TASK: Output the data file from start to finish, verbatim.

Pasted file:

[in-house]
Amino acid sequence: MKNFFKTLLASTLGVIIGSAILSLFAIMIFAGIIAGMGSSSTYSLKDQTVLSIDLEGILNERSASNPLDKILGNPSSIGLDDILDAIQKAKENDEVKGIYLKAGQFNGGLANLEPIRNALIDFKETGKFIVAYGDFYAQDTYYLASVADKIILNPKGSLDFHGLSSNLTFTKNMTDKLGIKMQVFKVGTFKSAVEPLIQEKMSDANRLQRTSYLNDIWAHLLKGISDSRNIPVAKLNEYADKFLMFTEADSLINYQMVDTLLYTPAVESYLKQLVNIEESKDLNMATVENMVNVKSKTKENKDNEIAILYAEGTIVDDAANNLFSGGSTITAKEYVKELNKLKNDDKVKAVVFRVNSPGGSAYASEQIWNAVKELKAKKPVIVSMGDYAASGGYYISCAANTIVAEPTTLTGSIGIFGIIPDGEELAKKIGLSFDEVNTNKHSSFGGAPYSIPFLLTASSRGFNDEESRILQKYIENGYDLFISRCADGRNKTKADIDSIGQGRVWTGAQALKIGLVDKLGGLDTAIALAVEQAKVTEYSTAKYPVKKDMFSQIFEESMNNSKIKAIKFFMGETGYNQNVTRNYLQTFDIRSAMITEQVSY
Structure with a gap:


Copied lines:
[in-house]
Amino acid sequence: MKNFFKTLLASTLGVIIGSAILSLFAIMIFAGIIAGMGSSSTYSLKDQTVLSIDLEGILNERSASNPLDKILGNPSSIGLDDILDAIQKAKENDEVKGIYLKAGQFNGGLANLEPIRNALIDFKETGKFIVAYGDFYAQDTYYLASVADKIILNPKGSLDFHGLSSNLTFTKNMTDKLGIKMQVFKVGTFKSAVEPLIQEKMSDANRLQRTSYLNDIWAHLLKGISDSRNIPVAKLNEYADKFLMFTEADSLINYQMVDTLLYTPAVESYLKQLVNIEESKDLNMATVENMVNVKSKTKENKDNEIAILYAEGTIVDDAANNLFSGGSTITAKEYVKELNKLKNDDKVKAVVFRVNSPGGSAYASEQIWNAVKELKAKKPVIVSMGDYAASGGYYISCAANTIVAEPTTLTGSIGIFGIIPDGEELAKKIGLSFDEVNTNKHSSFGGAPYSIPFLLTASSRGFNDEESRILQKYIENGYDLFISRCADGRNKTKADIDSIGQGRVWTGAQALKIGLVDKLGGLDTAIALAVEQAKVTEYSTAKYPVKKDMFSQIFEESMNNSKIKAIKFFMGETGYNQNVTRNYLQTFDIRSAMITEQVSY
Structure with a gap: